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Scots College student wins national award for architectural writing

News from NZIA
The Secondary School category of the Warren Trust Awards for architectural writing, New Zealand’s leading essay competition for design writing. has been won by Ethan Beri, a year 11 student at Scots College, Wellington, who wrote about the Wellington Central Library, an iconic building which is now closed and under threat of demolition.

For the second year in a row, Whangārei designer and writer Jade Kake (Ngāpuhi, Te Arawa, Te Whakatōhea) has won the Open category of the Awards. Jade, who leads a small practice supporting Māori communities and organisations develop marae and papakāinga projects, won the award for an essay on Ruapekapeka, the Northland pā defended by Ngāti Hine chief Te Ruki Kawiti against British soldiers in the summer of 1845-46.

Three Highly Commended awards were made. Charlotte Hughes-Hallett, an architecture graduate working in Wellington, received a Highly Commended award for her essay on E-1027, the near-legendary villa on the Côte d’Azur in France designed by the early twentieth century Irish modernist architect Eileen Gray.

Narelle McCullum, an architecture student at Unitec, Auckland, won a Highly Commended award for her essay on the house in the Auckland suburb of Kohimarama designed by the influential architect and academic Rewi Thompson.

The third Highly Commended award went to Phoebe Pierard, a year 12 student at St Mary’s College, Ponsonby, Auckland, for her essay on the Pantheon, the temple in the centre of Rome built by the Emperor Hadrian in the second century A.D. which for 1400 years has been used as a Catholic church.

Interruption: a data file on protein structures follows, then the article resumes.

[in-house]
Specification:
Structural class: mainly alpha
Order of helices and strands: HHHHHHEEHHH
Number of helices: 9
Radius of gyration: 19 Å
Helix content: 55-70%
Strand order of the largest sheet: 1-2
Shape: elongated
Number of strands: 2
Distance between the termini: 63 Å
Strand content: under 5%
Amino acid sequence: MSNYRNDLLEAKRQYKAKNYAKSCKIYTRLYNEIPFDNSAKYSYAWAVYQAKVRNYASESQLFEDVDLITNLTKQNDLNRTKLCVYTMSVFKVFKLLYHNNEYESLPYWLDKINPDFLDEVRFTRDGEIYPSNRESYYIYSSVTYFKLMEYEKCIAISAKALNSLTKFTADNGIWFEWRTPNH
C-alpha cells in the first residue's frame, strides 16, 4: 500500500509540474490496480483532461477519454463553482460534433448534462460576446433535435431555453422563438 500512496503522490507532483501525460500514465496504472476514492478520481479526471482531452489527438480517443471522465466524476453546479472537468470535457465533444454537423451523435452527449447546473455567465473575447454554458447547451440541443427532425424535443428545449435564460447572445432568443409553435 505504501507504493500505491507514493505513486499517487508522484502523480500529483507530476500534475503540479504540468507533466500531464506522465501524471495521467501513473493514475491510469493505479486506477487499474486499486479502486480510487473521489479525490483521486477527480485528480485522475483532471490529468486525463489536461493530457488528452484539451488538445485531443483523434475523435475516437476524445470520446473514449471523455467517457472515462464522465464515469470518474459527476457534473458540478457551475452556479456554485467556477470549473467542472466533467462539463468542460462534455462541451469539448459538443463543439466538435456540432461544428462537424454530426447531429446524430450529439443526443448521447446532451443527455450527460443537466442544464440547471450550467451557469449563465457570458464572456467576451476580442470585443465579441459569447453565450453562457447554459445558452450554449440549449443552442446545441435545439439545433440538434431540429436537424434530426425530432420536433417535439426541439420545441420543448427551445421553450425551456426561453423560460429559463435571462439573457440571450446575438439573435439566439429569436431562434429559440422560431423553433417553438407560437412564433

The Architectural Writing Awards are a programme of Te Kāhui Whaihanga New Zealand Institute of Architects (NZIA) supported by the educational trust established by the eminent New Zealand architect, Sir Miles Warren.

The purpose of the competition is to encourage writing and commentary about architecture in the essay format.

NZIA spokesperson and Awards judge John Walsh said this year’s Architectural Writing Awards attracted a wide range of writers, from school students and architecture graduates to more experienced authors.

“Writing now is increasingly is abbreviated so it’s great to see writers, especially younger writers, engaging with the essay format which allows space to explore a theme and develop writing skills,” Walsh said.

The 2019 Warren Trust Awards for Architectural Writing competition was judged by John Walsh, Massey University Press publisher Nicola Legat, and Lucinda Bennett, an editor on the online culture publication The Pantograph Punch.

The Awards carry prizes of $2,000 for the Open category winner, $1,000 for the Secondary School winner and $500 for the three Highly Commended entries.

The NZIA will publish a book of selected essays from the 2019 Warren Trust Awards for Architectural Writing in early 2020.